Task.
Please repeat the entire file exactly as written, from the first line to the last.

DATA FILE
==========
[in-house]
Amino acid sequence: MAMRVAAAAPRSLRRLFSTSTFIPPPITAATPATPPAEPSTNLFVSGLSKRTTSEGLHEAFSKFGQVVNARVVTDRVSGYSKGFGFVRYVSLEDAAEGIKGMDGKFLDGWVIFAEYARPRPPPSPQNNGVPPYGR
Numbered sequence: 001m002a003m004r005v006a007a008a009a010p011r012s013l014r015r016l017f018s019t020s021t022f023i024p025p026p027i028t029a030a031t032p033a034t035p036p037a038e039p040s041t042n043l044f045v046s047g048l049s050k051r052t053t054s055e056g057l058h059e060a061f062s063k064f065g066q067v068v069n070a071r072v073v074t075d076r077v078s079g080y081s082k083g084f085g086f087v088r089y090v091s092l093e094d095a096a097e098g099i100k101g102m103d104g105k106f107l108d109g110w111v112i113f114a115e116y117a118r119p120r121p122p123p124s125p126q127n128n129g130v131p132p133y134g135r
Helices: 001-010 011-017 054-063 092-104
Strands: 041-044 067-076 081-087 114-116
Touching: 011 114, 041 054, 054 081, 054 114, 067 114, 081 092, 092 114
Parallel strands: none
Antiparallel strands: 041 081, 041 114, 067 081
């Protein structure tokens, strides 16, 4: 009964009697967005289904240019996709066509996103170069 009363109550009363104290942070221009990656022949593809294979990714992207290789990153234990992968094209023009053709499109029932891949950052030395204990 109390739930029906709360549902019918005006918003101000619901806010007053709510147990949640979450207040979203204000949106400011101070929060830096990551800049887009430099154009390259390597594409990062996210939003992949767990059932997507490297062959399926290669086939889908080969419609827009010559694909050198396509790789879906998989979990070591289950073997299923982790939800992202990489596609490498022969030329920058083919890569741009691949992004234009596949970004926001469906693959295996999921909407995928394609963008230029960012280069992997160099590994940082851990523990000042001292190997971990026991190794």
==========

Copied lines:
[in-house]
Amino acid sequence: MAMRVAAAAPRSLRRLFSTSTFIPPPITAATPATPPAEPSTNLFVSGLSKRTTSEGLHEAFSKFGQVVNARVVTDRVSGYSKGFGFVRYVSLEDAAEGIKGMDGKFLDGWVIFAEYARPRPPPSPQNNGVPPYGR
Numbered sequence: 001m002a003m004r005v006a007a008a009a010p011r012s013l014r015r016l017f018s019t020s021t022f023i024p025p026p027i028t029a030a031t032p033a034t035p036p037a038e039p040s041t042n043l044f045v046s047g048l049s050k051r052t053t054s055e056g057l058h059e060a061f062s063k064f065g066q067v068v069n070a071r072v073v074t075d076r077v078s079g080y081s082k083g084f085g086f087v088r089y090v091s092l093e094d095a096a097e098g099i100k101g102m103d104g105k106f107l108d109g110w111v112i113f114a115e116y117a118r119p120r121p122p123p124s125p126q127n128n129g130v131p132p133y134g135r
Helices: 001-010 011-017 054-063 092-104
Strands: 041-044 067-076 081-087 114-116
Touching: 011 114, 041 054, 054 081, 054 114, 067 114, 081 092, 092 114
Parallel strands: none
Antiparallel strands: 041 081, 041 114, 067 081
């Protein structure tokens, strides 16, 4: 009964009697967005289904240019996709066509996103170069 009363109550009363104290942070221009990656022949593809294979990714992207290789990153234990992968094209023009053709499109029932891949950052030395204990 109390739930029906709360549902019918005006918003101000619901806010007053709510147990949640979450207040979203204000949106400011101070929060830096990551800049887009430099154009390259390597594409990062996210939003992949767990059932997507490297062959399926290669086939889908080969419609827009010559694909050198396509790789879906998989979990070591289950073997299923982790939800992202990489596609490498022969030329920058083919890569741009691949992004234009596949970004926001469906693959295996999921909407995928394609963008230029960012280069992997160099590994940082851990523990000042001292190997971990026991190794």